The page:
Livraria Lello’s building was built in 1906, by the engineer Xavier Esteves. He had a particular taste for literature, and that affinity with letters was marked by the construction of one of the most emblematic bookshops in the world.

It is well-known the colourful neogothic façade with the famous paintings of José Bielman that symbolize Art and Science.

Combining the eclectic style and the Art Noveau style, in the interior of Livraria Lello there are representations of José Lello and António Lello.
Throughout the room, there are the busts of some of the most important Portuguese writers, such as Eça de Queirós, Camilo Castelo Branco or Teófilo Braga.

Inside Livraria Lello, there is also the iconic crimson staircase.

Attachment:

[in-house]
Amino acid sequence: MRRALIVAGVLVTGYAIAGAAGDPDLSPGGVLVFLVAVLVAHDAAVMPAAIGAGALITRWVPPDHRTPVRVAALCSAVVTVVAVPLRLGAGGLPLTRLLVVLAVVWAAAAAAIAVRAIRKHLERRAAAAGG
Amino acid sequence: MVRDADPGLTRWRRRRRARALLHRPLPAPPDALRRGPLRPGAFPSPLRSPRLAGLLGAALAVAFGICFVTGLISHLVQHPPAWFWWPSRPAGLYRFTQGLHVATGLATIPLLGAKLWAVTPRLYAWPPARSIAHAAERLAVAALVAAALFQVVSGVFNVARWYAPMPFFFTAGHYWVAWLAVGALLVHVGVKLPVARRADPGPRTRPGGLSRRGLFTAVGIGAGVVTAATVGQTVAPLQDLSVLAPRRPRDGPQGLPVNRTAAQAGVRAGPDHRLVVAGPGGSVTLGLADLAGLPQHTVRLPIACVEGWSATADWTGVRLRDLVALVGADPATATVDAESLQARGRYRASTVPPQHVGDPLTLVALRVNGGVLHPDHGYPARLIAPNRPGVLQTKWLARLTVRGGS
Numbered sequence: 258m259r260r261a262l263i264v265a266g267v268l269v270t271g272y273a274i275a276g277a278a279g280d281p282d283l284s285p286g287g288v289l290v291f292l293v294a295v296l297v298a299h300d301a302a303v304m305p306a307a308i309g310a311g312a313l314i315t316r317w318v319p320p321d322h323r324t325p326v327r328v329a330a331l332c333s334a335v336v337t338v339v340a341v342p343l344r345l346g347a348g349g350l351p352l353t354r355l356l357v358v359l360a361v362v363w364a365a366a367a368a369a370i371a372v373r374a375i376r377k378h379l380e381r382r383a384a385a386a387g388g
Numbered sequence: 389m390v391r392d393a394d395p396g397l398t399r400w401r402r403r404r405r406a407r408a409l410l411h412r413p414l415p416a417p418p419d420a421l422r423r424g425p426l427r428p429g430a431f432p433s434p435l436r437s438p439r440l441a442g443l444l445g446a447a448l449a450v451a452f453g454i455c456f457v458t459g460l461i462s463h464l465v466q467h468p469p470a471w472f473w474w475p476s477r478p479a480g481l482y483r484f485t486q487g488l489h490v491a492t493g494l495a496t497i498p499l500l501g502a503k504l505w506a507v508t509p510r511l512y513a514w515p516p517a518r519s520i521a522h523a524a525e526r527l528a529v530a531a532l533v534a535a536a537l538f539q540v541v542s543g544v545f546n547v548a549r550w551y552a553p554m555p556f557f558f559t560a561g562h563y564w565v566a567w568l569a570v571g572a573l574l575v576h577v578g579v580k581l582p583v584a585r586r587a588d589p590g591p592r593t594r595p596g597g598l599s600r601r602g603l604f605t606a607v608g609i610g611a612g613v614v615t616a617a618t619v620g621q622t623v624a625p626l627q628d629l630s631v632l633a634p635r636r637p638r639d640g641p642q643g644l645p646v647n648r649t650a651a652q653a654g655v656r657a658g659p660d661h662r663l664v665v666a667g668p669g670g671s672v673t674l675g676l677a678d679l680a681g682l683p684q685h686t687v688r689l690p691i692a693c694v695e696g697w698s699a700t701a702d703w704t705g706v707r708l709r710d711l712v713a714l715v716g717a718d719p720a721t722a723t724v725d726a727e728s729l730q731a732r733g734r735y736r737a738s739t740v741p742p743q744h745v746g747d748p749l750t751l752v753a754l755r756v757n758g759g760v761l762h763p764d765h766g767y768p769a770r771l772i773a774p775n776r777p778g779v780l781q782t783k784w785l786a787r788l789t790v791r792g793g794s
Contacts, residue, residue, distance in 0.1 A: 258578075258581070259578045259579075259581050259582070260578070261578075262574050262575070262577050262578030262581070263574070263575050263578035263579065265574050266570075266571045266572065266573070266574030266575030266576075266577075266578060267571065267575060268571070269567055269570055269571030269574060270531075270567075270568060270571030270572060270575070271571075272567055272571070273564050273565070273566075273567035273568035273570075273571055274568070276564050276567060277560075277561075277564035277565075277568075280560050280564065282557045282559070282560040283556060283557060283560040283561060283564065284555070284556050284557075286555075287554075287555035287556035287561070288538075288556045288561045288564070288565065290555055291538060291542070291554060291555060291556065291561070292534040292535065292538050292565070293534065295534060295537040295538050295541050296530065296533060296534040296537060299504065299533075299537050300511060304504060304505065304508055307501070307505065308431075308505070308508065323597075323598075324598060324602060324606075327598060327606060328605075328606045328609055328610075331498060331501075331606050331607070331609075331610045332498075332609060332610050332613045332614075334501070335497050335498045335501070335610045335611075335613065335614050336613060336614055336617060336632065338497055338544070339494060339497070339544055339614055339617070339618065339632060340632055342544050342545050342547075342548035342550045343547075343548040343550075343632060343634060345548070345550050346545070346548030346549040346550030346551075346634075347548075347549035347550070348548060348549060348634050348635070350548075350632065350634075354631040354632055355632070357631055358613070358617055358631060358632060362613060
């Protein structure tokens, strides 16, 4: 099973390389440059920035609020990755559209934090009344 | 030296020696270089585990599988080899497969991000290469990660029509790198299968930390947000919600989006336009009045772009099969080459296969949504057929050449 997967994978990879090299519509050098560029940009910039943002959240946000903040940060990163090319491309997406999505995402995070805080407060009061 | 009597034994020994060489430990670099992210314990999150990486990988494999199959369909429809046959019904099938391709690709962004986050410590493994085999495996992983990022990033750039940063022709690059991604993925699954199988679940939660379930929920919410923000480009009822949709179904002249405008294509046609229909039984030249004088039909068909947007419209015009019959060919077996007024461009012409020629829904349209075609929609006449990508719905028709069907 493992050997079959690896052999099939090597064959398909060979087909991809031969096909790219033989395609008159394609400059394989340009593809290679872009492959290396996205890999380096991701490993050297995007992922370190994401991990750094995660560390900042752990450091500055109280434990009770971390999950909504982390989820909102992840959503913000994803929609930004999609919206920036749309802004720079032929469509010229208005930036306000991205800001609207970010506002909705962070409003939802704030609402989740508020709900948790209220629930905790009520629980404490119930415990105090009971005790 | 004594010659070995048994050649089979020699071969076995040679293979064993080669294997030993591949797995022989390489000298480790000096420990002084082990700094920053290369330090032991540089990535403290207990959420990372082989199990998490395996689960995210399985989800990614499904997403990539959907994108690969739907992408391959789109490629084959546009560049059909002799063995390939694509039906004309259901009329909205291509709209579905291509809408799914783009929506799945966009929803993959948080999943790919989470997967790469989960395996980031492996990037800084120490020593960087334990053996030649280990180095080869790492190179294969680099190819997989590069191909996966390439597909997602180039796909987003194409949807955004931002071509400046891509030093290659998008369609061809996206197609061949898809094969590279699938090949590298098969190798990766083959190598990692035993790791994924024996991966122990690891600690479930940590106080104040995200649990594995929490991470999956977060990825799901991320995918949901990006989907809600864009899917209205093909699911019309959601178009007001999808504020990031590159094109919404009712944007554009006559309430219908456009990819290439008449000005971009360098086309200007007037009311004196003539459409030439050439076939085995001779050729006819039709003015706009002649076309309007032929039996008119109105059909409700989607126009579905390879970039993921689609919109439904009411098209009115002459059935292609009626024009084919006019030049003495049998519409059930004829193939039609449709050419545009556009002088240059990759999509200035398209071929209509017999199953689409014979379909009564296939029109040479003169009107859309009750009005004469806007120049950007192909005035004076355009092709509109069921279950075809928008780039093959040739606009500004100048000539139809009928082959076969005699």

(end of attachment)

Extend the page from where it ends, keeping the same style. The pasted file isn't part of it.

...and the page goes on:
“Thou who walked the room, shall then see a staircase which is a piece of surprising allure, for its apparent lightness which masks the audacity of its design. One feels the urge to climb it yet fears one’s weight may make it crumble.” (in Catálogo 1930 of Livraria Lello).

From the interior of the bookshop, it’s impossible to miss the majestic ceiling. This ceiling may deceive who appreciates it, for what it seems carved wood, is in fact painted plaster, a technique that was also used in the ornaments of the stairs.
In the first floor, the architectural details stand out: the Art Déco details on the walls and the columns that rise for the lower floor.

On the impressive stained glass, a glass structure 8 meters long and 3.5 meters wide, one can read the expression “Decus in Labore”, which recalls the golden rule of this house that applies to everyone who enters it.

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